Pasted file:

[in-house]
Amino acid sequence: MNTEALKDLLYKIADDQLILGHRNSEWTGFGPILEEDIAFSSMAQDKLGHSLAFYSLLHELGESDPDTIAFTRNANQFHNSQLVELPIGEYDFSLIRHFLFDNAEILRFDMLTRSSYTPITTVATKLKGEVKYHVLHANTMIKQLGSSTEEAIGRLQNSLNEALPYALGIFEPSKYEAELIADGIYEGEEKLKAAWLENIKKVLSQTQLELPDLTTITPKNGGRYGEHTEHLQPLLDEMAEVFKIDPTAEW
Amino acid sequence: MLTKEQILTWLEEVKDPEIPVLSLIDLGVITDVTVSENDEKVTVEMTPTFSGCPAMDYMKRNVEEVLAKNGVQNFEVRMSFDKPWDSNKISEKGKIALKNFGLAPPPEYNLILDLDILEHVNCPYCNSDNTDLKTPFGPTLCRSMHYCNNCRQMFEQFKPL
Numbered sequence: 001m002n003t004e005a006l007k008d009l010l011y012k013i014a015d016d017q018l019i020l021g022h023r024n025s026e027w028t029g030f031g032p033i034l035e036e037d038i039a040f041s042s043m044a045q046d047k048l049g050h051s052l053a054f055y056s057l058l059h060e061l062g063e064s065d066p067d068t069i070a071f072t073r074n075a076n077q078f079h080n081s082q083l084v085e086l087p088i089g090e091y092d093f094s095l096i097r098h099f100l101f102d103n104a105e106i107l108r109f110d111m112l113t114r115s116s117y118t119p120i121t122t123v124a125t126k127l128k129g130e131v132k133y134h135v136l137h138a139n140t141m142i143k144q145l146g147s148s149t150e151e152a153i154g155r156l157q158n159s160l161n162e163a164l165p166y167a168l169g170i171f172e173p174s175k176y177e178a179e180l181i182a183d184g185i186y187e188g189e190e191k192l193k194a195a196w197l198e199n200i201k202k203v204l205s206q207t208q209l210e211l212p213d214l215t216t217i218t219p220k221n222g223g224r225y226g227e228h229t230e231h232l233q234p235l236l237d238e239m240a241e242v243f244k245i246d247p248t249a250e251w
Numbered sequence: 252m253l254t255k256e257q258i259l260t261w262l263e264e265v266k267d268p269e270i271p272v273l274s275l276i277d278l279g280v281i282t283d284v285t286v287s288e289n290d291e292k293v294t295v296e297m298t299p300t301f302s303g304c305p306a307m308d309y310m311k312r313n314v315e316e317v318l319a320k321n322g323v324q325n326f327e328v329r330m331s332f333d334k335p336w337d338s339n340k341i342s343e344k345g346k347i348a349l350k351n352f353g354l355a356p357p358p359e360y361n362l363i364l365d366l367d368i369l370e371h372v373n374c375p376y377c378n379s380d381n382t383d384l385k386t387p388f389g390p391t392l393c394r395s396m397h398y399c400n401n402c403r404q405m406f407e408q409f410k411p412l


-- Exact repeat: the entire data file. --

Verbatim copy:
[in-house]
Amino acid sequence: MNTEALKDLLYKIADDQLILGHRNSEWTGFGPILEEDIAFSSMAQDKLGHSLAFYSLLHELGESDPDTIAFTRNANQFHNSQLVELPIGEYDFSLIRHFLFDNAEILRFDMLTRSSYTPITTVATKLKGEVKYHVLHANTMIKQLGSSTEEAIGRLQNSLNEALPYALGIFEPSKYEAELIADGIYEGEEKLKAAWLENIKKVLSQTQLELPDLTTITPKNGGRYGEHTEHLQPLLDEMAEVFKIDPTAEW
Amino acid sequence: MLTKEQILTWLEEVKDPEIPVLSLIDLGVITDVTVSENDEKVTVEMTPTFSGCPAMDYMKRNVEEVLAKNGVQNFEVRMSFDKPWDSNKISEKGKIALKNFGLAPPPEYNLILDLDILEHVNCPYCNSDNTDLKTPFGPTLCRSMHYCNNCRQMFEQFKPL
Numbered sequence: 001m002n003t004e005a006l007k008d009l010l011y012k013i014a015d016d017q018l019i020l021g022h023r024n025s026e027w028t029g030f031g032p033i034l035e036e037d038i039a040f041s042s043m044a045q046d047k048l049g050h051s052l053a054f055y056s057l058l059h060e061l062g063e064s065d066p067d068t069i070a071f072t073r074n075a076n077q078f079h080n081s082q083l084v085e086l087p088i089g090e091y092d093f094s095l096i097r098h099f100l101f102d103n104a105e106i107l108r109f110d111m112l113t114r115s116s117y118t119p120i121t122t123v124a125t126k127l128k129g130e131v132k133y134h135v136l137h138a139n140t141m142i143k144q145l146g147s148s149t150e151e152a153i154g155r156l157q158n159s160l161n162e163a164l165p166y167a168l169g170i171f172e173p174s175k176y177e178a179e180l181i182a183d184g185i186y187e188g189e190e191k192l193k194a195a196w197l198e199n200i201k202k203v204l205s206q207t208q209l210e211l212p213d214l215t216t217i218t219p220k221n222g223g224r225y226g227e228h229t230e231h232l233q234p235l236l237d238e239m240a241e242v243f244k245i246d247p248t249a250e251w
Numbered sequence: 252m253l254t255k256e257q258i259l260t261w262l263e264e265v266k267d268p269e270i271p272v273l274s275l276i277d278l279g280v281i282t283d284v285t286v287s288e289n290d291e292k293v294t295v296e297m298t299p300t301f302s303g304c305p306a307m308d309y310m311k312r313n314v315e316e317v318l319a320k321n322g323v324q325n326f327e328v329r330m331s332f333d334k335p336w337d338s339n340k341i342s343e344k345g346k347i348a349l350k351n352f353g354l355a356p357p358p359e360y361n362l363i364l365d366l367d368i369l370e371h372v373n374c375p376y377c378n379s380d381n382t383d384l385k386t387p388f389g390p391t392l393c394r395s396m397h398y399c400n401n402c403r404q405m406f407e408q409f410k411p412l